September 21st, 2021

Wealth Strategies'

The 5 Best Actively Managed Vanguard Funds

Steven Goldberg

By Steven Goldberg Kiplinger

Published Oct. 10, 2018

The 5 Best Actively Managed Vanguard Funds

Vanguard funds have become synonymous with index investing. But if you limit yourself to the firm's passive strategies, you'll miss some gems. Indeed, Vanguard fund managers actually invest more of their own money in the firm's actively managed funds than in their index funds.

Vanguard has such good actively managed funds for two major reasons. One, because Vanguard is owned by its mutual fund shareholders, it has no outside owners to pay -- and thus can keep its fees lower than most other fund firms. The other reason: Despite founder Jack Bogle's advocacy of index-fund investing, he was surprisingly good at identifying talented outside stock pickers and signing them up to manage assets for Vanguard during his tenure.

Soon after Bogle founded Vanguard, he signed up Wellington Management, where he had formerly worked, to manage funds for Vanguard. Wellington runs some superb funds. His other find was Primecap, which was formed by three talented managers who left American Funds in 1983. Bogle signed them to launch Vanguard Primecap (VPMCX), one of the most successful mutual funds of the past 45 years.

Here are the five most impressive Vanguard actively managed funds that are open to new investors. (Note: Some are only available directly through Vanguard.)

Vanguard Wellington

Market value: $105.7 billion

Expense ratio: 0.25%

Minimum investment: $3,000

Vanguard Wellington (VWELX, $43.28) arguably is your grandfather's mutual fund. Launched in July 1929, Wellington is an old-fashioned balanced fund. It keeps 66% of assets in blue-chip stocks and the remainder in mostly high-quality bonds.

Edward Bousa, who has managed the stock portion for 15 years, invests about half of the equity holdings in large, dividend-paying companies with sustainable competitive advantages. The rest goes into somewhat racier large companies. Owning both types helps smooth out returns, and results in a 2.6% yield.

A few other notes:

  • VWELX leans toward statistically undervalued stocks.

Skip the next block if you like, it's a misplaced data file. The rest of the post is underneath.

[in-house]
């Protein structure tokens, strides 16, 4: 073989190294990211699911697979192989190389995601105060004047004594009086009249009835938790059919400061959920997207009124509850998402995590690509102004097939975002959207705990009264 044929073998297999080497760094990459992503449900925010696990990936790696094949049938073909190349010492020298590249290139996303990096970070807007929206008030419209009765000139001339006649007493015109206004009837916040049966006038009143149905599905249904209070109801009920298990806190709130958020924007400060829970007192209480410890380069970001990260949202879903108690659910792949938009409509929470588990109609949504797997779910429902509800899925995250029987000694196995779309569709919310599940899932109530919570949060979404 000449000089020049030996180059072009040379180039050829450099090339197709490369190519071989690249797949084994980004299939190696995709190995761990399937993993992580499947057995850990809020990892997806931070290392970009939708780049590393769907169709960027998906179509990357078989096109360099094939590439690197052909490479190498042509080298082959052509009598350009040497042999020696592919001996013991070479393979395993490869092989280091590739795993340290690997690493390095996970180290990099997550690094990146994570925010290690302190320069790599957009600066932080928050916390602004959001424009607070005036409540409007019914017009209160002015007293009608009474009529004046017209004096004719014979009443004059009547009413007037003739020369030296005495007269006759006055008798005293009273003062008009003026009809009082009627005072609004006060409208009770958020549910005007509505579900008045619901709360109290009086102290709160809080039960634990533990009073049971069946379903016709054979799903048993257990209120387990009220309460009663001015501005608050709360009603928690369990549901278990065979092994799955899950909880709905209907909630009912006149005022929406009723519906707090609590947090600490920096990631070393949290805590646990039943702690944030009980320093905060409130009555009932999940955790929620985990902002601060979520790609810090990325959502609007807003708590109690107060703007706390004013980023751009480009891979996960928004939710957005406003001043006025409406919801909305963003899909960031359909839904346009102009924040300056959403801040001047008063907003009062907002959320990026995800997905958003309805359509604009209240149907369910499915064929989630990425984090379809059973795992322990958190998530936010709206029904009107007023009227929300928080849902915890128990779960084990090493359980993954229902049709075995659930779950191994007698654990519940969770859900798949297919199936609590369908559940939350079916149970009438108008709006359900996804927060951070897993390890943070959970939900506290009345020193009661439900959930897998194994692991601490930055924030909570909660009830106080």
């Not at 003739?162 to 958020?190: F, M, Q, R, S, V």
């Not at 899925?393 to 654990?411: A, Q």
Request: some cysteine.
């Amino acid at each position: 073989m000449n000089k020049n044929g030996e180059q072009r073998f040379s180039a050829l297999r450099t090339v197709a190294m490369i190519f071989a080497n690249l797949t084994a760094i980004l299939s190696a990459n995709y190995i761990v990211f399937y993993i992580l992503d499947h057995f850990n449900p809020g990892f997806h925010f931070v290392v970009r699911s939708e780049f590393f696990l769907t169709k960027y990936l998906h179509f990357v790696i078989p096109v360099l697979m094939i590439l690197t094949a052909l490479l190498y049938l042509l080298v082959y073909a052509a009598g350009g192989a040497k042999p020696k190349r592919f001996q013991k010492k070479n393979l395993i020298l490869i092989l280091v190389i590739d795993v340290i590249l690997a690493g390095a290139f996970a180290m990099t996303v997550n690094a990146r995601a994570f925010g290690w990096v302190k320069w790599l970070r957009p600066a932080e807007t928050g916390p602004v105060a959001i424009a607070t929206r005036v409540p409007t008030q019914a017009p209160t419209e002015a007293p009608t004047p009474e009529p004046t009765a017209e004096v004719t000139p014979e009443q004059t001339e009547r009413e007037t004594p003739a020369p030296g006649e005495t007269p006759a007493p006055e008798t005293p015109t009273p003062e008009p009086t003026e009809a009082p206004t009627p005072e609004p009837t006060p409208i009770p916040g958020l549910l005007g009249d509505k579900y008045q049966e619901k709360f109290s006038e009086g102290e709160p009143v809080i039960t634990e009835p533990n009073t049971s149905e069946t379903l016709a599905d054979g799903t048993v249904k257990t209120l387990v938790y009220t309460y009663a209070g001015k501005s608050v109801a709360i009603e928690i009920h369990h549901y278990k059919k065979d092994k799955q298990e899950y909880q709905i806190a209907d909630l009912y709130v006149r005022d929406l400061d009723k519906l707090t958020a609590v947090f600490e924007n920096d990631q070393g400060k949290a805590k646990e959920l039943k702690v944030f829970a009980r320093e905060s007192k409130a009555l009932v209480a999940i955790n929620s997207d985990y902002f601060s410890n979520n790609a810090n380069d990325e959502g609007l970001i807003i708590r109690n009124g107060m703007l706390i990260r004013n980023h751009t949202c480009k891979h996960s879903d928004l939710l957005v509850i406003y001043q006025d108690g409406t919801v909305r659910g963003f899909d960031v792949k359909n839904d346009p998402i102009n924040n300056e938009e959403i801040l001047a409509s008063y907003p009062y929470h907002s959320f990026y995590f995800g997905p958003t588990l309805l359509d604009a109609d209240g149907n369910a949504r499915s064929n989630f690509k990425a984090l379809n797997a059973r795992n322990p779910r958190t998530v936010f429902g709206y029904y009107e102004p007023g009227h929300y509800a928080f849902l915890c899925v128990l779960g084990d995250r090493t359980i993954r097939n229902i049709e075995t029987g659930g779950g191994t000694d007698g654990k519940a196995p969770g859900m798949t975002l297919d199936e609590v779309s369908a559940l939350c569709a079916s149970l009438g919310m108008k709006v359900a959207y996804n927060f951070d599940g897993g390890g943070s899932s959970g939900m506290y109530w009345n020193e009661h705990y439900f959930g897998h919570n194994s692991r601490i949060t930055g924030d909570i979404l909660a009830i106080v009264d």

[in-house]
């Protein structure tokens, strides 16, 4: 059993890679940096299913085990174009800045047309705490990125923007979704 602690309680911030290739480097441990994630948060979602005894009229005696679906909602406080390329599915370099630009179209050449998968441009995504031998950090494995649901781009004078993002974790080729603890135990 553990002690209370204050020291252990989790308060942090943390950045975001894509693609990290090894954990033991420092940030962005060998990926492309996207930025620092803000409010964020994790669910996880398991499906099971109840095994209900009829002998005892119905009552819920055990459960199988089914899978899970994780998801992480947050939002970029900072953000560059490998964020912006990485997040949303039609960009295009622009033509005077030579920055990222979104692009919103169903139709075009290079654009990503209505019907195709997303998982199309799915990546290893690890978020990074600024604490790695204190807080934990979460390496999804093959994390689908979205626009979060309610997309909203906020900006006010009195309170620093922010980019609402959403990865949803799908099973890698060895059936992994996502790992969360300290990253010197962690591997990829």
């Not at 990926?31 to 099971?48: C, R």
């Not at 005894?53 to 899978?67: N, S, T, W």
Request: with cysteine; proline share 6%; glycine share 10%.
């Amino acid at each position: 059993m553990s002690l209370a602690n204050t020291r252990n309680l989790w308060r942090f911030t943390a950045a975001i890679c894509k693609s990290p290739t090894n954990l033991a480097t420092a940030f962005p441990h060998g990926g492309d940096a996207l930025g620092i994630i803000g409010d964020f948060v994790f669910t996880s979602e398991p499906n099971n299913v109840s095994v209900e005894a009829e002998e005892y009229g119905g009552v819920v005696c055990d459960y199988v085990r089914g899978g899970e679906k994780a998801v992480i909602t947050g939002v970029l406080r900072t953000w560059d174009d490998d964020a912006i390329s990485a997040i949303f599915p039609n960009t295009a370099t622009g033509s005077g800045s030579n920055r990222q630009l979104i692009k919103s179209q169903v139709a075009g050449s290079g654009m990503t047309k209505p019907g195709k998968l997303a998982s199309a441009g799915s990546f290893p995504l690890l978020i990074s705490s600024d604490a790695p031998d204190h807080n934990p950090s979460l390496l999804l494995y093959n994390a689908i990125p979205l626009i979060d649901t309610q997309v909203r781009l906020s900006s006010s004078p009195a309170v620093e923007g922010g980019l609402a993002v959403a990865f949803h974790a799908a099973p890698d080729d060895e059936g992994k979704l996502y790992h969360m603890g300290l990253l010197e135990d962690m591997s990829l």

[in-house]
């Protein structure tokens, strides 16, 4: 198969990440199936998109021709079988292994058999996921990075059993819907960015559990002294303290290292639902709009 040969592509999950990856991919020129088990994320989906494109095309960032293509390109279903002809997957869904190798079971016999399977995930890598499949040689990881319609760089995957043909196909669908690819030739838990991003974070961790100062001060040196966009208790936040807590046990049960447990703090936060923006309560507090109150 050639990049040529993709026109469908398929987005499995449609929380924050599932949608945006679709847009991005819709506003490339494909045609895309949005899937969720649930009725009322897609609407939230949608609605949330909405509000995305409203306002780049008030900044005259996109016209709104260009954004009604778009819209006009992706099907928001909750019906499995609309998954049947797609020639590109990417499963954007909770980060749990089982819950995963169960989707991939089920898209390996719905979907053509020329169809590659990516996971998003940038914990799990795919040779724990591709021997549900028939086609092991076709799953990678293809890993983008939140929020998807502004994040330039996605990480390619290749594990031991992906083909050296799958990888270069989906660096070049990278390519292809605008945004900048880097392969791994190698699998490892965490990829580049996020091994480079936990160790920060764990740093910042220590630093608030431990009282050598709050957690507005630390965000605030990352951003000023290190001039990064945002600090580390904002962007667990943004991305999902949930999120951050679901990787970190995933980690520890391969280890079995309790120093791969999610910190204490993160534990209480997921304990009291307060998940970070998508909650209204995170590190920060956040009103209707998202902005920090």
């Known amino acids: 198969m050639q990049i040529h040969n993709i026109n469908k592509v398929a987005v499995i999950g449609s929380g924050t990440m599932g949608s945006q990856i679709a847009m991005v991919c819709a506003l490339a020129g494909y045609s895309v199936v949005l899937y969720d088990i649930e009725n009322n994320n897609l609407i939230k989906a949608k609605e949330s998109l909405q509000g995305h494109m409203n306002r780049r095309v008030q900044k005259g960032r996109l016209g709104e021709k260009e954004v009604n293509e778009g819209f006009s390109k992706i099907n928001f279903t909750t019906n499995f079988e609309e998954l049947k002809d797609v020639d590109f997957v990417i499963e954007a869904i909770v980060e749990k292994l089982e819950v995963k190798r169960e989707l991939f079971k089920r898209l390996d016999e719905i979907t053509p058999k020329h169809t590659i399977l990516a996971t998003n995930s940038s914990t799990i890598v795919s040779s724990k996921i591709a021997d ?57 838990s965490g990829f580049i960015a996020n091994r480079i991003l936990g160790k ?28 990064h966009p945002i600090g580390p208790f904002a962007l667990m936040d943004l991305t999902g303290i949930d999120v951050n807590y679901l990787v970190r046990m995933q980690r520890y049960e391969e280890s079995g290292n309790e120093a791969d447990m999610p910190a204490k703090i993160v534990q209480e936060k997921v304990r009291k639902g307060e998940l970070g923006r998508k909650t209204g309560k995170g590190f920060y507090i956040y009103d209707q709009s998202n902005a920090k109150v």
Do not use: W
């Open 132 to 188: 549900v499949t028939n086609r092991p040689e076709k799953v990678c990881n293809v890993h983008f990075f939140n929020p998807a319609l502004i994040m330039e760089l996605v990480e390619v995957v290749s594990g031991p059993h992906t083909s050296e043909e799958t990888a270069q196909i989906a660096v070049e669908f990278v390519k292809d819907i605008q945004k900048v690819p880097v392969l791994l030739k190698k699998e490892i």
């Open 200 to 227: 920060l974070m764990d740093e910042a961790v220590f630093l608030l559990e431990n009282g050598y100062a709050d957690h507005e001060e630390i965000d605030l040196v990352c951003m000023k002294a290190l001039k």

• Financials are the largest sector weighting at 23% of assets.
  • Foreign stocks make up 18% of the fund.
  • Top holdings include Microsoft (MSFT), JPMorgan Chase (JPM) and Alphabet (GOOGL), the parent of Google.

John Keogh, who has managed the bond portion for 12 years, sticks to high-quality debt. Less than 20% of the bonds are rated BBB or lower; the rest are all single-A or higher. The bonds have a relatively long duration of 6.4 years, implying the fund should lose 6.4% in price if rates rise by 1 percentage point.

The bond holdings mean you probably won't beat the market with this fund when stocks are rising, but you should come comfortably close. Over the past 15 years, this Kiplinger 25 mutual fund has trailed the Standard & Poor's 500-stock index by an average of about 0.9 percentage points per year. But the ride has been much smoother: The fund has been about one-third less volatile than the S&P 500 thanks to those bonds.

Expenses are 0.25% on the investor shares, or $25 annually for every $10,000 you invest. Admiral shares (VWENX), with an initial minimum of $50,000, charge just 0.17%. The fund only is available to new investors if purchased directly through Vanguard, however.

Vanguard Health Care

Market value: $50.0 billion

Expense ratio: 0.38%

Minimum investment: $3,000

Vanguard Health Care (VGHCX, $226.31) is my favorite sector fund. Normally, I avoid sector funds because they tie a manager's hands, but health care is different. Yes, the government is putting increasing pressure on health-care companies to cut costs, particularly of costly medications. But at the end of the day, health-care costs will continue to rise because demand will keep growing as the U.S. and global populations age, and because advances in medicine will continue at a rapid clip.

Health care, then, is one sector that tends to do well in both bull and bear markets.

Vanguard Health Care's record is beyond incredible. Over the past 30 years, the fund has returned an annualized 15.8%. During the past 15 years, it returned 11.9% on average -- 2.5 percentage points better per year than the S&P 500.

VGHCX is more conservative than most of its rivals. And with $50 billion in assets, it has few holdings in small, startup biotech stocks. The fund instead sticks to two broad themes: Companies coming up with innovative medical treatments and companies helping to slow the rate of increase in health care costs.

Assets are spread widely within this broad sector. Just less than half the fund is in traditional drug companies, 16% is in biotech, 12% is in health insurance companies and 12% is in medical devices.